While today’s movies look nothing like the first film made in 1888, their purpose remains the same: to help all of us to step into the lives of others and empathize with them. The most powerful transform us, inspiring us to take action in a world that sorely needs positive change. As an LA-based film editor whose work embodies this truth, Kartikye Gupta has used his films to encourage audiences to look at the world differently and seek out what they can do to make it better.
“My debut film was Dr. Elevator, which was awarded by Oscar-winning actress Viola Davis and screened at over fifty film festivals,” says Gupta. “With this success, I saw that through film editing, I could use my skills to make my audience laugh and still leave awareness of many themes and ways of thinking. Editing is a powerful medium, and with it, I set out to effect change in the world.”
Gupta enjoyed even more success the following year with his next film, Please Don’t Call the Cops, which premiered at the South Asian Film Festival (SAIFF). Nominated for his first HBO award, the film’s positive reception was acknowledgement of Gupta’s growing reputation in the industry.
“As my work was recognized, more opportunities opened up for me, and I saw that I could do something very positive with my skills,” Gupta recalls. “I was determined that whether I made short or long films or even ads, their long-term collective vision would focus on communities, including their fears, struggles and dreams. I wanted to highlight the universality of the human experience but to do so in a comical way, as laughter is so healing.”
Gupta states that as a film editor, his ultimate goal is to have each frame of the movie to blend seamlessly with the next, creating a movie experience that is realistic, compelling, and immersive.
He is particularly known for his representation of minorities and immigrants, and in Flint Tale and Cold Wall, he perfected the art of bringing the different and the diverse into a connected, unified whole.
“I wanted to give a voice to people who are vital members of American society but too often find themselves standing on the periphery, unable to fully participate as they should,” Gupta says.
His work in the Vishal Solanki film Mirage, set in contemporary LA, helped it qualify for the BAFTAs as well as receive three additional film nominations. As the film’s editor, Gupta broke with expectations and highlighted the intimacy between the characters.
“I set the movie’s rhythm similar to that of the 90s, which helped me to underline the complex world that the characters lived in,” he explains. “It was a risk that paid off, as the entire film only had two words of dialogue, meaning that the pacing that I established drew the line between the present and the past of its cinematic world.”
With his work known throughout the film space, Gupta began receiving recognitions from the biggest names in the industry, including HBO, CNN, and Vice, and he continued to be honored at major international film festivals, including the Tribeca Film Festival and the Oscar-qualifying AFI Film Fest.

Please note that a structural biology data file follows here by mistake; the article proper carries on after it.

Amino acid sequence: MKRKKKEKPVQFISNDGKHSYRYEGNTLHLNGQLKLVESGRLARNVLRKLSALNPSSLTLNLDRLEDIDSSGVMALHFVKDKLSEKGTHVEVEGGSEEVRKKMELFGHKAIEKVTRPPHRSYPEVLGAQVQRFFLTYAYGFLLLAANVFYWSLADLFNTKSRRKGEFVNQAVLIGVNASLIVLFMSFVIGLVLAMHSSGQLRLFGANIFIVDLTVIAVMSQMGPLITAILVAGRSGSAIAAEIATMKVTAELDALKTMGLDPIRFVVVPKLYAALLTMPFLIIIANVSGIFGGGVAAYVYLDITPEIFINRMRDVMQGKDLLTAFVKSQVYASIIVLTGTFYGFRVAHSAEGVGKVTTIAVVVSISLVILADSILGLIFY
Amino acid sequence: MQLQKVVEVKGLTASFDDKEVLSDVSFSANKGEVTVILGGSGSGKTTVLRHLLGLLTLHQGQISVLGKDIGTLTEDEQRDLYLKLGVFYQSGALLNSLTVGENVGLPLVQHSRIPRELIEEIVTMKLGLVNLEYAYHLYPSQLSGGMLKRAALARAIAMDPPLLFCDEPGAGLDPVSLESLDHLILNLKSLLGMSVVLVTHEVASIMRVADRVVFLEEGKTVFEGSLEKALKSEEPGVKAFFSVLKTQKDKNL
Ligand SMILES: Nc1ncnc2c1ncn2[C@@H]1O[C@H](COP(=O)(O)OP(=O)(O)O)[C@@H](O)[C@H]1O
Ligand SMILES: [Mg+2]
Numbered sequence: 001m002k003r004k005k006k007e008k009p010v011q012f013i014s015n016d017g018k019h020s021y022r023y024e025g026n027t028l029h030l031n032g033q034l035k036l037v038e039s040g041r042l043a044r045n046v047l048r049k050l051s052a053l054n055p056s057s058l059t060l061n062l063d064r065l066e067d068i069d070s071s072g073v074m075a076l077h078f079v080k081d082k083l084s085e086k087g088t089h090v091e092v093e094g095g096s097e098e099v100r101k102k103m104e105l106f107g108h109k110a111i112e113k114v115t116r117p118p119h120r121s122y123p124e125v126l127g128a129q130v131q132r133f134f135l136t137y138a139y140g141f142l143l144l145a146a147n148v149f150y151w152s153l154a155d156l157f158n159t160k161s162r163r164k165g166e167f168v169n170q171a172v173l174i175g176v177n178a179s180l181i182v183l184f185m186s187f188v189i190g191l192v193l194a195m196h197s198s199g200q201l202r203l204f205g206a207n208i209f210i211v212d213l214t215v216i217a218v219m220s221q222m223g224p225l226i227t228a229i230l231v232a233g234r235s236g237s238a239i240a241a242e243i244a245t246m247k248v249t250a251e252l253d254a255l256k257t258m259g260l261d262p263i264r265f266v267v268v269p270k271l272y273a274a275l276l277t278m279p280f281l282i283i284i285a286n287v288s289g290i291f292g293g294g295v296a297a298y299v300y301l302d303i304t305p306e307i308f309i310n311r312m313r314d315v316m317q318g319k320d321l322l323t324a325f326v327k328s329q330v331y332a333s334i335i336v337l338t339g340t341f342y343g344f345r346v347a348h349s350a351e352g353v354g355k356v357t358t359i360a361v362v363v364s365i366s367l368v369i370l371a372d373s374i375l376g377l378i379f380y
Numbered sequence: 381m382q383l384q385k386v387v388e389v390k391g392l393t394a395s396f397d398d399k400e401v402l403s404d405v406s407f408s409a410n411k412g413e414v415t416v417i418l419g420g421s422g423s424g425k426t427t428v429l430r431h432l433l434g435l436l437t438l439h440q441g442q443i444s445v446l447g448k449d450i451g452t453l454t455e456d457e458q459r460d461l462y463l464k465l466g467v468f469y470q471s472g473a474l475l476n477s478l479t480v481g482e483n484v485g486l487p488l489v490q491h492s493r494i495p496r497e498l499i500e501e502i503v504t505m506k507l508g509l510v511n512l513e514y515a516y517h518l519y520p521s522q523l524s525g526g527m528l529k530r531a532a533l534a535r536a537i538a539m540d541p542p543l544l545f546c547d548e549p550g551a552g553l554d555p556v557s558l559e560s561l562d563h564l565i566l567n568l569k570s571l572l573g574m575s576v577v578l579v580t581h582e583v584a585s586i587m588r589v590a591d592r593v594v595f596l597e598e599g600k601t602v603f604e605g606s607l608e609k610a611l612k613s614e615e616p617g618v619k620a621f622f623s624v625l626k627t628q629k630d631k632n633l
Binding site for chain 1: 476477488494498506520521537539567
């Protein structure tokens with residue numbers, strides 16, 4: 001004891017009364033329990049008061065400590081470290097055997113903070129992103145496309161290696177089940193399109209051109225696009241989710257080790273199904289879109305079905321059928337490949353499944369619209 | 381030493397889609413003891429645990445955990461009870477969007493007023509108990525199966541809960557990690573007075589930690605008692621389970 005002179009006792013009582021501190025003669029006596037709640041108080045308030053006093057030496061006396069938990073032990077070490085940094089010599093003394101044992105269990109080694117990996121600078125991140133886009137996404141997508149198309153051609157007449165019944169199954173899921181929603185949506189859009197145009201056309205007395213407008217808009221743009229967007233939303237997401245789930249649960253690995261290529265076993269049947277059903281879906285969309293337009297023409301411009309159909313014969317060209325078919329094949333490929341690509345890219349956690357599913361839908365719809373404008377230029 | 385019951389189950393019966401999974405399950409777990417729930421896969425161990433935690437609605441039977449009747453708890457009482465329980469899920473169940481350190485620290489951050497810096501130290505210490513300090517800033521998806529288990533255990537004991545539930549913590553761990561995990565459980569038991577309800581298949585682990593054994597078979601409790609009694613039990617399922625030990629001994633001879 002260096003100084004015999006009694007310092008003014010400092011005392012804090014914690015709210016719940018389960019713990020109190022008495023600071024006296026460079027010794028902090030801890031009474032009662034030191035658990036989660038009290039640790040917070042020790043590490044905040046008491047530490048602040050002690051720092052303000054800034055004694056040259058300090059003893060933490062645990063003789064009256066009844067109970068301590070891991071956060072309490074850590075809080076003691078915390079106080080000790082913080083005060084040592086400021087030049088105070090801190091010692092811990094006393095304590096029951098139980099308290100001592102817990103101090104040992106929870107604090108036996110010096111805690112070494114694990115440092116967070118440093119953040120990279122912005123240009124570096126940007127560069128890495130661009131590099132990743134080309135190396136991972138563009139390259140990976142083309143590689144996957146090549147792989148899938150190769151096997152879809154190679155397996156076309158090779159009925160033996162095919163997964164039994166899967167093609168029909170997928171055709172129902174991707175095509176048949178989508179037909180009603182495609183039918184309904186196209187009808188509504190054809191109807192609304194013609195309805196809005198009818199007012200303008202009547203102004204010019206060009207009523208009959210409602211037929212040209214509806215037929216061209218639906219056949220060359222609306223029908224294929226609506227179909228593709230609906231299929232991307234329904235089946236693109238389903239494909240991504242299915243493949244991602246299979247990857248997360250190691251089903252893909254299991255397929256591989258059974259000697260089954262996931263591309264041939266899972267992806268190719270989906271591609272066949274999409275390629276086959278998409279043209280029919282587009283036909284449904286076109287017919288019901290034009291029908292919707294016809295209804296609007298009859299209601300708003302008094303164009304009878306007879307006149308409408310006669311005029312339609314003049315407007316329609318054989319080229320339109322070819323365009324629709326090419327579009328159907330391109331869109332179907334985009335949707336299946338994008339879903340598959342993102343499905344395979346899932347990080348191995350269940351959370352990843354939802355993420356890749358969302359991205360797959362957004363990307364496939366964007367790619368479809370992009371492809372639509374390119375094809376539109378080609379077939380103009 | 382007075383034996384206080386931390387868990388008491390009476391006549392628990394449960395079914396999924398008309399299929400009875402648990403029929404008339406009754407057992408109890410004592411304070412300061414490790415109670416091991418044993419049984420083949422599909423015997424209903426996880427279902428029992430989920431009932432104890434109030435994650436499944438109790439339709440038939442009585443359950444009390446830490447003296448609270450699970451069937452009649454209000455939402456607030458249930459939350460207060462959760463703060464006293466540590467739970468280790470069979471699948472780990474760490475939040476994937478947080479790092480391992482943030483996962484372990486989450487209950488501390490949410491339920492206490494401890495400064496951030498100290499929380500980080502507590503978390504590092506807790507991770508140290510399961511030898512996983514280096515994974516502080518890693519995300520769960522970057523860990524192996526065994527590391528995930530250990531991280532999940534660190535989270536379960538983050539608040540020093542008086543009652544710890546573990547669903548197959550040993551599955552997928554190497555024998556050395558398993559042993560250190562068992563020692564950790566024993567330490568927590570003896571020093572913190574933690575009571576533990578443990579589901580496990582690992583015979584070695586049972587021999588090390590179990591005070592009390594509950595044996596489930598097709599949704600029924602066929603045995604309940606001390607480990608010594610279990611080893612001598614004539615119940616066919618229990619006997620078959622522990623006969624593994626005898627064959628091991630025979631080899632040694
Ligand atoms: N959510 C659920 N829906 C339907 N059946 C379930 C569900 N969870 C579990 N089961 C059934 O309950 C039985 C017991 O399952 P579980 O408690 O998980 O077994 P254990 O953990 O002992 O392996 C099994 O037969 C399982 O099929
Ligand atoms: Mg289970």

Gupta’s status in the film world has risen even more due to his work for Facebook, where Gupta helped visualize the viral Metaverse film that introduced the possible future of virtual reality to millions of viewers around the globe. He has also partnered with AT&T, Nike, and Reebok to create ads that encompass a strong human element and that have been aired everywhere from screens in Time Square to your TV set.
Gupta states that it is his creative editing work in the charitable sector that has been the most rewarding, as he has been able to effect real change.
“I collaborated with Hope B-Lit and YouWeCan, headed by sports personality and humanitarian Yuvraj Singh, to edit the documentary Got Cancer,” he says. “It was embraced around the world and won more than a dozen awards, including Best Editing at the AOF Megafest Las Vegas Film Festival. I was grateful that I could use my skills to help a cause receive more attention.”
Gupta also believes in the importance of representative governments, and accordingly, in the 2020 U.S. Presidential election, he partnered with advertising agency Electica to edit over ten video campaigns ensuring free and fair elections, which were seen by over six million people throughout the United States.
Concerned about climate change, Gupta also edited for Fossil Fuel Non-Proliferation Treaty, combining social consciousness with community needs and focusing on supporting dependent economies, workers, and communities to diversify away from fossil fuels. The film was viewed at the 2021 United Nations Climate Change Conference by more than 100 world leaders, including U.S. President Joe Biden.
Gupta says that his partnership with Joanna Friendman, Director of the largest nonprofit in the U.S., Children’s Law Center of California, has been very meaningful.
“I care deeply about empowering children who are ill, their families, and their communities,” he explains. “To support children in foster care, I showcased three films at the annual Art of Advocacy Gala, which helped the CLC raise over $200,000.”
Gupta will always endeavor to use film and his skills to help the world understand itself better, saying that people all have unique stories that must be told. He is fascinated by their passions, energies, miracles, and dreams.
“I am committed to allowing viewers to have an authentic peek into the lives of other people and to highlighting the universality of the human experience,” Gupta says.
“Film will always be an excellent way to embrace our differences and understand each other better. As a film editor, with each new story I help tell, there arises a new way of telling it. It is my duty to help perfect it for the audience.”
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